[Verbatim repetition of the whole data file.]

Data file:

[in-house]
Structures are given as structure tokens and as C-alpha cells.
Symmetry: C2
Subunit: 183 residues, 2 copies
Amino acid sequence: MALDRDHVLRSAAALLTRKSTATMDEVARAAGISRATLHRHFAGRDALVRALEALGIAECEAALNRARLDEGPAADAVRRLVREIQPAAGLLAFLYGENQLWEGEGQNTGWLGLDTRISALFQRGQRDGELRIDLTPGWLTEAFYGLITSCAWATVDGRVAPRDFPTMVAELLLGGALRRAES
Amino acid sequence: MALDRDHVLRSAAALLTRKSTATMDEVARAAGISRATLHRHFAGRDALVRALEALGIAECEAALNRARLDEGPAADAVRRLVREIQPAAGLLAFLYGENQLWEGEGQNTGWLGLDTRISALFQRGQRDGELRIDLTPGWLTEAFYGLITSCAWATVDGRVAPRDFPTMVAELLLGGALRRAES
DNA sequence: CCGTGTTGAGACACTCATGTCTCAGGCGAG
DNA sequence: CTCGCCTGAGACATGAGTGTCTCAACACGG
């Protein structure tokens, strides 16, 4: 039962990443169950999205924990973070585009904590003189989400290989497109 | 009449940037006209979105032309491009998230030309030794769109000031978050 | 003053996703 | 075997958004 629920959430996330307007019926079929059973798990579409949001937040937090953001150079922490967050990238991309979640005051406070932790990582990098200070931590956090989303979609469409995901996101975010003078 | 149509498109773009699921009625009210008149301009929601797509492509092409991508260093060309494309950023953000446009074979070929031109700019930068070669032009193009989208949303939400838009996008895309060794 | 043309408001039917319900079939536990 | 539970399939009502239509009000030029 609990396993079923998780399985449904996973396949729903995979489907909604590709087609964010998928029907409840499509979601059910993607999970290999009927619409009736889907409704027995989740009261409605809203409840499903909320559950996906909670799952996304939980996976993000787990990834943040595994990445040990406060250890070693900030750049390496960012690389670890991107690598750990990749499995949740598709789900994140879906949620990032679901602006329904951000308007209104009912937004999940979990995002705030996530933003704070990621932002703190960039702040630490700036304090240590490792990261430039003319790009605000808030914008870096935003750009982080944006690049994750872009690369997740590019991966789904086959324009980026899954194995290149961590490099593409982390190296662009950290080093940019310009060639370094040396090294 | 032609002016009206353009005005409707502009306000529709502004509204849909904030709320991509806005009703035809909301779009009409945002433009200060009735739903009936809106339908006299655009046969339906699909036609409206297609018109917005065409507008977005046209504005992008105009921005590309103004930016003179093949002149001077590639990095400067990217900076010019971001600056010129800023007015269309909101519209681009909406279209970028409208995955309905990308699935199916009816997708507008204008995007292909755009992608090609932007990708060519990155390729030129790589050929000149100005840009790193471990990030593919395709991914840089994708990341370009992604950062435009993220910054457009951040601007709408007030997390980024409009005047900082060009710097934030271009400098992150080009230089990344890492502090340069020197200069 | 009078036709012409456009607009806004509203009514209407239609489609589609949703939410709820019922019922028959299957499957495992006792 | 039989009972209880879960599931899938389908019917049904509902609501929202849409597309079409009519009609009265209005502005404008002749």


[in-house]
Structures are given as structure tokens and as C-alpha cells.
Symmetry: C2
Subunit: 183 residues, 2 copies
Amino acid sequence: MALDRDHVLRSAAALLTRKSTATMDEVARAAGISRATLHRHFAGRDALVRALEALGIAECEAALNRARLDEGPAADAVRRLVREIQPAAGLLAFLYGENQLWEGEGQNTGWLGLDTRISALFQRGQRDGELRIDLTPGWLTEAFYGLITSCAWATVDGRVAPRDFPTMVAELLLGGALRRAES
Amino acid sequence: MALDRDHVLRSAAALLTRKSTATMDEVARAAGISRATLHRHFAGRDALVRALEALGIAECEAALNRARLDEGPAADAVRRLVREIQPAAGLLAFLYGENQLWEGEGQNTGWLGLDTRISALFQRGQRDGELRIDLTPGWLTEAFYGLITSCAWATVDGRVAPRDFPTMVAELLLGGALRRAES
DNA sequence: CCGTGTTGAGACACTCATGTCTCAGGCGAG
DNA sequence: CTCGCCTGAGACATGAGTGTCTCAACACGG
């Protein structure tokens, strides 16, 4: 039962990443169950999205924990973070585009904590003189989400290989497109 | 009449940037006209979105032309491009998230030309030794769109000031978050 | 003053996703 | 075997958004 629920959430996330307007019926079929059973798990579409949001937040937090953001150079922490967050990238991309979640005051406070932790990582990098200070931590956090989303979609469409995901996101975010003078 | 149509498109773009699921009625009210008149301009929601797509492509092409991508260093060309494309950023953000446009074979070929031109700019930068070669032009193009989208949303939400838009996008895309060794 | 043309408001039917319900079939536990 | 539970399939009502239509009000030029 609990396993079923998780399985449904996973396949729903995979489907909604590709087609964010998928029907409840499509979601059910993607999970290999009927619409009736889907409704027995989740009261409605809203409840499903909320559950996906909670799952996304939980996976993000787990990834943040595994990445040990406060250890070693900030750049390496960012690389670890991107690598750990990749499995949740598709789900994140879906949620990032679901602006329904951000308007209104009912937004999940979990995002705030996530933003704070990621932002703190960039702040630490700036304090240590490792990261430039003319790009605000808030914008870096935003750009982080944006690049994750872009690369997740590019991966789904086959324009980026899954194995290149961590490099593409982390190296662009950290080093940019310009060639370094040396090294 | 032609002016009206353009005005409707502009306000529709502004509204849909904030709320991509806005009703035809909301779009009409945002433009200060009735739903009936809106339908006299655009046969339906699909036609409206297609018109917005065409507008977005046209504005992008105009921005590309103004930016003179093949002149001077590639990095400067990217900076010019971001600056010129800023007015269309909101519209681009909406279209970028409208995955309905990308699935199916009816997708507008204008995007292909755009992608090609932007990708060519990155390729030129790589050929000149100005840009790193471990990030593919395709991914840089994708990341370009992604950062435009993220910054457009951040601007709408007030997390980024409009005047900082060009710097934030271009400098992150080009230089990344890492502090340069020197200069 | 009078036709012409456009607009806004509203009514209407239609489609589609949703939410709820019922019922028959299957499957495992006792 | 039989009972209880879960599931899938389908019917049904509902609501929202849409597309079409009519009609009265209005502005404008002749």